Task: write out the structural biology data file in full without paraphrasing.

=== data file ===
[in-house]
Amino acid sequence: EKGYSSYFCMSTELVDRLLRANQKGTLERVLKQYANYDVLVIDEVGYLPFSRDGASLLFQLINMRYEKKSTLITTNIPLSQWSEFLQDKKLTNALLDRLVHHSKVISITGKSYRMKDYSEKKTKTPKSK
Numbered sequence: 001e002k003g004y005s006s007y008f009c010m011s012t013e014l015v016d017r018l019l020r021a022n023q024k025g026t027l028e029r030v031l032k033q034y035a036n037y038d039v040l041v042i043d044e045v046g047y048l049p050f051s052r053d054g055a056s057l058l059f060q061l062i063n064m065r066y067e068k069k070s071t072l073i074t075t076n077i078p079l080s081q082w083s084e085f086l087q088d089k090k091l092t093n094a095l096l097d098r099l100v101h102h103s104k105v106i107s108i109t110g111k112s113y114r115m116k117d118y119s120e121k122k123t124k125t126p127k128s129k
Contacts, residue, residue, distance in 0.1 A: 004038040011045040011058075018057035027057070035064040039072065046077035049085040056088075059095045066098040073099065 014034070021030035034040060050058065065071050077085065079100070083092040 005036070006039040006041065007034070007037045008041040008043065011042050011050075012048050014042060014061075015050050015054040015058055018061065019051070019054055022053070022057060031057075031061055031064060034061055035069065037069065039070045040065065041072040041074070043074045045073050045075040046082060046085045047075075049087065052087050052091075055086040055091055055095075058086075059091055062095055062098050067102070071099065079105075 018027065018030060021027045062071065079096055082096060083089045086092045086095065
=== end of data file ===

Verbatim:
[in-house]
Amino acid sequence: EKGYSSYFCMSTELVDRLLRANQKGTLERVLKQYANYDVLVIDEVGYLPFSRDGASLLFQLINMRYEKKSTLITTNIPLSQWSEFLQDKKLTNALLDRLVHHSKVISITGKSYRMKDYSEKKTKTPKSK
Numbered sequence: 001e002k003g004y005s006s007y008f009c010m011s012t013e014l015v016d017r018l019l020r021a022n023q024k025g026t027l028e029r030v031l032k033q034y035a036n037y038d039v040l041v042i043d044e045v046g047y048l049p050f051s052r053d054g055a056s057l058l059f060q061l062i063n064m065r066y067e068k069k070s071t072l073i074t075t076n077i078p079l080s081q082w083s084e085f086l087q088d089k090k091l092t093n094a095l096l097d098r099l100v101h102h103s104k105v106i107s108i109t110g111k112s113y114r115m116k117d118y119s120e121k122k123t124k125t126p127k128s129k
Contacts, residue, residue, distance in 0.1 A: 004038040011045040011058075018057035027057070035064040039072065046077035049085040056088075059095045066098040073099065 014034070021030035034040060050058065065071050077085065079100070083092040 005036070006039040006041065007034070007037045008041040008043065011042050011050075012048050014042060014061075015050050015054040015058055018061065019051070019054055022053070022057060031057075031061055031064060034061055035069065037069065039070045040065065041072040041074070043074045045073050045075040046082060046085045047075075049087065052087050052091075055086040055091055055095075058086075059091055062095055062098050067102070071099065079105075 018027065018030060021027045062071065079096055082096060083089045086092045086095065